Understanding GPS Technology
The Global Positioning System, or GPS as it is commonly known, is a satellite-based navigation system comprised of a network of satellites placed into orbit by the U.S. Department of Defense. GPS works in any weather conditions, anywhere in the world, 24 hours a day, without the need for any subscription fees or setup charges. The U.S. government maintains the system, and it’s available to anyone with a GPS receiver.
Functioning of GPS
GPS operates by sending signals from satellites to receivers on the ground. When a GPS receiver gets a call from a satellite, it calculates the distance to that satellite based on the time it took for the signal to reach the receiver. The GPS receiver can pinpoint its location on Earth by combining data from several satellites.
The Application of GPS in Surveying
Surveying is the science of determining points’ terrestrial or three-dimensional position and the distances and angles between them. Traditionally, surveying involved a lot of manual labour, long hours of fieldwork, and cumbersome calculations. However, with the advent of GPS, the surveying industry has seen a revolution in precision and efficiency.
Precise Location Determination
GPS in surveying is the precise determination of locations. Each point on a landmass can be defined by three values: latitude, longitude, and elevation. In the past, these measurements required complex calculations and specialised equipment. Thanks to GPS, these measurements can now be obtained with unparalleled precision.
Another significant benefit of GPS in surveying is its time efficiency. Unlike traditional surveying methods that require laborious measurements and calculations, GPS can quickly provide the necessary information. This can significantly reduce the time taken for large surveying projects, thus enhancing productivity and reducing costs.
Accessibility and Reach
GPS has also made reaching previously tricky or impossible areas to survey GPS equipment easier due to their location. Whether it’s the top of a mountain or the middle of a desert, as long as the GPS receiver can connect to the satellites, it can determine its location. This ability has expanded the scope and accessibility of surveying projects.
The Evolution of GPS in Surveying
As with any technology, GPS in surveying has evolved over the years. Today’s systems offer enhanced precision, flexibility, and user-friendliness that were unimaginable when GPS was first introduced.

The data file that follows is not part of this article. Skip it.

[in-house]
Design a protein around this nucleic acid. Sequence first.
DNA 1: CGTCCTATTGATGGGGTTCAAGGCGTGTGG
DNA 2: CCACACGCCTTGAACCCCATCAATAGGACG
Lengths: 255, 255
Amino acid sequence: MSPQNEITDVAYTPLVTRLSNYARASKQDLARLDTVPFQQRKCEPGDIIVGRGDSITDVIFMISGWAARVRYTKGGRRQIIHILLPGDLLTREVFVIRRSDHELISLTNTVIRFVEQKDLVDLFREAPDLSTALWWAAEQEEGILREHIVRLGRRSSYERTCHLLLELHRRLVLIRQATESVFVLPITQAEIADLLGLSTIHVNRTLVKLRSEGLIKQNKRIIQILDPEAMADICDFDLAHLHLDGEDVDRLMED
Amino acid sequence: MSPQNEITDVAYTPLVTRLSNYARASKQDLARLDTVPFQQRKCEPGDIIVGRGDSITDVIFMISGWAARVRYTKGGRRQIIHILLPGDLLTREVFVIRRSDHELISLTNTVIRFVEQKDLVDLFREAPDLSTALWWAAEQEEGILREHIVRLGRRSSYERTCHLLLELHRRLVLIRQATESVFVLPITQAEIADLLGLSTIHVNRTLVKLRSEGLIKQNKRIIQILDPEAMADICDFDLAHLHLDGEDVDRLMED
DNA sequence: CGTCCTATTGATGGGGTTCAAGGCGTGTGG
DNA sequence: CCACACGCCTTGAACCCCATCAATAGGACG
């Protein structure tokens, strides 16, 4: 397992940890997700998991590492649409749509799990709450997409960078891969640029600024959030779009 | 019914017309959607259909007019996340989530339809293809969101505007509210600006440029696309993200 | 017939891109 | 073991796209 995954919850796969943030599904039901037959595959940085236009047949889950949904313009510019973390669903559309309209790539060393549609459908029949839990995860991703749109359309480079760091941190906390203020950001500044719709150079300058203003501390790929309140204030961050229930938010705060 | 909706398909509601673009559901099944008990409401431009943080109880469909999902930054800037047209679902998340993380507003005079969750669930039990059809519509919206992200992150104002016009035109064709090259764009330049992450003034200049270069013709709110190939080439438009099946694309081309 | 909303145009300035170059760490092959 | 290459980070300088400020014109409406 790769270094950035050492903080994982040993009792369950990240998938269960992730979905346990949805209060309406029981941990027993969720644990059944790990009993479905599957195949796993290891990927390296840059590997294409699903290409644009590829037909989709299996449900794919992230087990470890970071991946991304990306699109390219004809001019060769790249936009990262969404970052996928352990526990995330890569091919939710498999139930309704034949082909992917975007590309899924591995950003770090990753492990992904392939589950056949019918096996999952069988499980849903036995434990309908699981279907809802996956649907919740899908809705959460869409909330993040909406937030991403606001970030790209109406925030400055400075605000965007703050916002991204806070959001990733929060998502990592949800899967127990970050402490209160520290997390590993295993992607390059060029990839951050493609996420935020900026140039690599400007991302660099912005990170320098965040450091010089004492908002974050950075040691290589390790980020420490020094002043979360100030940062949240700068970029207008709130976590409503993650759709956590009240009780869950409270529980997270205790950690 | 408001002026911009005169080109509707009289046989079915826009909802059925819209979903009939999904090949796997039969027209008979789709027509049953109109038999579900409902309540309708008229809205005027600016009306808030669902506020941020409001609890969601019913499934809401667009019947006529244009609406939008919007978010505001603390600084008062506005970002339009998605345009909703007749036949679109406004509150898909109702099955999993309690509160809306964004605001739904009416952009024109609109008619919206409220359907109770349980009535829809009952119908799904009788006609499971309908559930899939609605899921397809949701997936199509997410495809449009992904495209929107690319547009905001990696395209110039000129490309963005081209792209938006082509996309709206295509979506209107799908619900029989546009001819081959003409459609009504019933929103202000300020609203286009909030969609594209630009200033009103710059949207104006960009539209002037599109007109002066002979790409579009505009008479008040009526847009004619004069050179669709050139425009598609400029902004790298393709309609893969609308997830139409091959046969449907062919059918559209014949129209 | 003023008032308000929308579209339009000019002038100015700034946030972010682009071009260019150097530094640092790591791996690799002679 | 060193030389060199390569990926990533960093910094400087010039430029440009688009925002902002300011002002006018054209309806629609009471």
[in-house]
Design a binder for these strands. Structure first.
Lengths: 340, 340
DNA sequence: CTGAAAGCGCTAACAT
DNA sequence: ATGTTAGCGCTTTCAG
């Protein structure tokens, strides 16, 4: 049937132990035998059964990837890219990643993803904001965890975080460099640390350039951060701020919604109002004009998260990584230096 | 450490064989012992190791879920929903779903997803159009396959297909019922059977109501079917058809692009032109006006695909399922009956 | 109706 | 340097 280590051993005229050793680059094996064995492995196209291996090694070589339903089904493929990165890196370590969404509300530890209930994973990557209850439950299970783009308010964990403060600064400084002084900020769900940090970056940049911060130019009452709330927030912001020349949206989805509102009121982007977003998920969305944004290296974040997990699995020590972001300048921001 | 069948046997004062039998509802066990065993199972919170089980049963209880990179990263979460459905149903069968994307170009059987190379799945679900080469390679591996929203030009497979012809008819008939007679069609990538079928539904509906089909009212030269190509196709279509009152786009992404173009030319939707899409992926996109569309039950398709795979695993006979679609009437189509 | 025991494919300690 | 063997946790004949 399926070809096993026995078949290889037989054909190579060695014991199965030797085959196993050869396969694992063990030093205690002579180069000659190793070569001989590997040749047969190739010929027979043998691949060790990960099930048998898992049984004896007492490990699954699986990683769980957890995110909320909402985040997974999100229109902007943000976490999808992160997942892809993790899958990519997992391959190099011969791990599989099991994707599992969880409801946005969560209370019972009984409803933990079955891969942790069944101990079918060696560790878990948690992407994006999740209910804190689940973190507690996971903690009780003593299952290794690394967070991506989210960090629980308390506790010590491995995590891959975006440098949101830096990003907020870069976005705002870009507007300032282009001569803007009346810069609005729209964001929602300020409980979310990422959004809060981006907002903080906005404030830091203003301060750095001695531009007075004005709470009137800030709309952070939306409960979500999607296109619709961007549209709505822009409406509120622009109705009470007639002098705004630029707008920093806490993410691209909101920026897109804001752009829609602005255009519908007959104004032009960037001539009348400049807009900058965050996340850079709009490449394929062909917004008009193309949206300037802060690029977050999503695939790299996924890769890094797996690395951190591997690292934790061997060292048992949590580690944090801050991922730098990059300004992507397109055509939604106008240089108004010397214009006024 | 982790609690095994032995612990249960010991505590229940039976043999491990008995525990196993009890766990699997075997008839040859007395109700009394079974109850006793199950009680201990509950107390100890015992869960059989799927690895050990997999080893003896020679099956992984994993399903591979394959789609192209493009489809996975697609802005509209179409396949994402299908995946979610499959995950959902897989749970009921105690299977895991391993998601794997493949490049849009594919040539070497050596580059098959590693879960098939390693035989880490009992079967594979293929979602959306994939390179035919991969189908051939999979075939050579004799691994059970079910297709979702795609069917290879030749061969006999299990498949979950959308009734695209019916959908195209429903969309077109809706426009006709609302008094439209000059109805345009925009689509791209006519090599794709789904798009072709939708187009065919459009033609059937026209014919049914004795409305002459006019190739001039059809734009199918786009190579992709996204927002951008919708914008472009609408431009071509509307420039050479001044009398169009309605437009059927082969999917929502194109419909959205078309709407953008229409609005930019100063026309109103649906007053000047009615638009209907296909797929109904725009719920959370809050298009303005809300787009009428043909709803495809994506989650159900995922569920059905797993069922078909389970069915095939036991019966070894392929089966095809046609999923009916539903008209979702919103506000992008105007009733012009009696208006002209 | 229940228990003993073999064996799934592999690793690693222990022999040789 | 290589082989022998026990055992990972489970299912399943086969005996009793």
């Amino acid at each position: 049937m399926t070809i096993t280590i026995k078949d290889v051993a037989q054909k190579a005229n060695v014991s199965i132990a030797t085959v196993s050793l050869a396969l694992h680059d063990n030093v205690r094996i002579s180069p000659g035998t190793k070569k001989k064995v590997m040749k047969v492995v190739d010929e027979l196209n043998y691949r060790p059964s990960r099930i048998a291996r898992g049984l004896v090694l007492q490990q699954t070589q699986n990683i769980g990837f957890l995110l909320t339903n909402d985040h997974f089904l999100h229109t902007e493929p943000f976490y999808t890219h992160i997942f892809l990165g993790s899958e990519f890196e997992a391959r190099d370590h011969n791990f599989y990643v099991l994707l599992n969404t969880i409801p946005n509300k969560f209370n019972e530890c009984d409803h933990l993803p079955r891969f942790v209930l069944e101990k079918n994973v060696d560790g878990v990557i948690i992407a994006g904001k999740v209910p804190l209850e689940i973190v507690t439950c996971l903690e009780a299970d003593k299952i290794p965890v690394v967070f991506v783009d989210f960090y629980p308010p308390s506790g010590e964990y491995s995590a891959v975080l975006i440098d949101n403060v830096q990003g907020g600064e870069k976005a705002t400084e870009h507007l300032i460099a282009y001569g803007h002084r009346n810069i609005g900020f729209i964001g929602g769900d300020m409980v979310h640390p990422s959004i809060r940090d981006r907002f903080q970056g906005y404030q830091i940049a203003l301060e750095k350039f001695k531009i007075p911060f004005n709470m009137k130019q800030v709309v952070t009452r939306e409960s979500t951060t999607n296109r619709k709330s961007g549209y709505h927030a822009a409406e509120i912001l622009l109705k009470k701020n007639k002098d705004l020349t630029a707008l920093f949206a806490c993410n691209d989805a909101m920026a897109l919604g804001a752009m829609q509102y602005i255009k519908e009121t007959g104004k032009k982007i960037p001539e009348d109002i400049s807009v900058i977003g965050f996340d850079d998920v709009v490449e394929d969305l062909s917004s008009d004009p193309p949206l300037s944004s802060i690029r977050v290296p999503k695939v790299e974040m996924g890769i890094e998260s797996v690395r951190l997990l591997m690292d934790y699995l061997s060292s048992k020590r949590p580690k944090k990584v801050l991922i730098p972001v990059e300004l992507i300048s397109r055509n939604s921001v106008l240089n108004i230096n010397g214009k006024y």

Real-Time Kinematic (RTK) GPS
RTK GPS is a technique used in land surveying based on measurements of the phase of the signal’s carrier wave. This method enables real-time corrections, improving the precision of position data derived from satellite-based positioning systems, making it a preferred choice for precision surveying.
Static and Fast Static GPS Surveying
Static GPS surveying is an absolute positioning method requiring two receivers placed simultaneously at two points. The data collected from the receivers is then processed to get the precise coordinates. Fast static is a similar method but requires less observation time and can work in areas with shorter satellite visibility.
Challenges and Limitations of GPS in Surveying
Despite the numerous benefits and continuous evolution, GPS in surveying has challenges and limitations.
Signal Interference and Multipath Errors
One of the main issues is signal interference. Tall buildings, dense forests, or even atmospheric conditions can obstruct the signals from the satellites, causing a delay in the transmission and leading to errors in positioning. Multipath errors, where the GPS signals are reflected off a surface before reaching the receiver, can also lead to inaccuracies.
Dependence on Satellite Availability
The accuracy of a GPS survey largely depends on the availability of satellites. If only a few satellites are visible to the receiver, it may need more data to determine the precise location.
The Future of GPS in Surveying
Despite its challenges, the role of GPS in surveying is poised to grow in the future, thanks to advancements in technology and an increased understanding of its potential.
Integration with Other Technologies
One promising trend is the integration of GPS with other technologies, such as Geographic Information Systems (GIS) and drone technology. This combination allows surveyors to gather and analyse real-time geographic data and produce high-quality, detailed maps and models.
Improvement in Accuracy
Improvements in technology will continue to enhance the accuracy of GPS in surveying. Techniques such as Differential GPS (DGPS), which uses a network of fixed ground-based reference stations to broadcast the difference between the positions indicated by the GPS satellites and the known fixed positions, are already making GPS more accurate.
The introduction of GPS revolutionised the field of surveying. It has enhanced precision, increased efficiency, and expanded the scope of surveying. Despite challenges and limitations, GPS is promising.